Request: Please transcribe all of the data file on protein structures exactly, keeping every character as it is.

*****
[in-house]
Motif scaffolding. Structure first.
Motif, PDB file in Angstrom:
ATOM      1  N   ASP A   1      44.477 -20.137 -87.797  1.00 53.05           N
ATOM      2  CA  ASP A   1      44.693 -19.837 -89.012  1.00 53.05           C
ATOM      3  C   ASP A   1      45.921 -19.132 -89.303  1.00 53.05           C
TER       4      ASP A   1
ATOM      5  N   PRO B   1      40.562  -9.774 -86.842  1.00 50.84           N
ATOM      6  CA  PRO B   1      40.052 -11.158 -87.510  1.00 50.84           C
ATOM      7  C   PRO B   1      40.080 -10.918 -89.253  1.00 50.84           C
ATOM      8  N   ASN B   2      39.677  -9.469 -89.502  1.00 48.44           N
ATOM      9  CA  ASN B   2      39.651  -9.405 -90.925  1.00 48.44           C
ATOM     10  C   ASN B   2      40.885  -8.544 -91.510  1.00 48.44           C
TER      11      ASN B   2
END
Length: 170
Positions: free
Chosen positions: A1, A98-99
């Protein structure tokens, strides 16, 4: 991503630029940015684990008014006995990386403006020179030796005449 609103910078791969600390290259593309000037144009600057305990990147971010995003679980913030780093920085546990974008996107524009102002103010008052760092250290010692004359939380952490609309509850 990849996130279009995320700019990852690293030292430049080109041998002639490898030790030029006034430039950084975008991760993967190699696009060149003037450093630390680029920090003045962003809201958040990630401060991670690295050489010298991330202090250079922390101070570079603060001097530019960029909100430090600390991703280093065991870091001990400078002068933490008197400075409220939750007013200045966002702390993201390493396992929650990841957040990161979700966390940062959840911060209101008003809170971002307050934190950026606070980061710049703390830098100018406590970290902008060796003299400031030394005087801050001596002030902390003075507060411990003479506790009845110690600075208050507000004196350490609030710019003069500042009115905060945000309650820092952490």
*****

[in-house]
Motif scaffolding. Structure first.
Motif, PDB file in Angstrom:
ATOM      1  N   ASP A   1      44.477 -20.137 -87.797  1.00 53.05           N
ATOM      2  CA  ASP A   1      44.693 -19.837 -89.012  1.00 53.05           C
ATOM      3  C   ASP A   1      45.921 -19.132 -89.303  1.00 53.05           C
TER       4      ASP A   1
ATOM      5  N   PRO B   1      40.562  -9.774 -86.842  1.00 50.84           N
ATOM      6  CA  PRO B   1      40.052 -11.158 -87.510  1.00 50.84           C
ATOM      7  C   PRO B   1      40.080 -10.918 -89.253  1.00 50.84           C
ATOM      8  N   ASN B   2      39.677  -9.469 -89.502  1.00 48.44           N
ATOM      9  CA  ASN B   2      39.651  -9.405 -90.925  1.00 48.44           C
ATOM     10  C   ASN B   2      40.885  -8.544 -91.510  1.00 48.44           C
TER      11      ASN B   2
END
Length: 170
Positions: free
Chosen positions: A1, A98-99
């Protein structure tokens, strides 16, 4: 991503630029940015684990008014006995990386403006020179030796005449 609103910078791969600390290259593309000037144009600057305990990147971010995003679980913030780093920085546990974008996107524009102002103010008052760092250290010692004359939380952490609309509850 990849996130279009995320700019990852690293030292430049080109041998002639490898030790030029006034430039950084975008991760993967190699696009060149003037450093630390680029920090003045962003809201958040990630401060991670690295050489010298991330202090250079922390101070570079603060001097530019960029909100430090600390991703280093065991870091001990400078002068933490008197400075409220939750007013200045966002702390993201390493396992929650990841957040990161979700966390940062959840911060209101008003809170971002307050934190950026606070980061710049703390830098100018406590970290902008060796003299400031030394005087801050001596002030902390003075507060411990003479506790009845110690600075208050507000004196350490609030710019003069500042009115905060945000309650820092952490």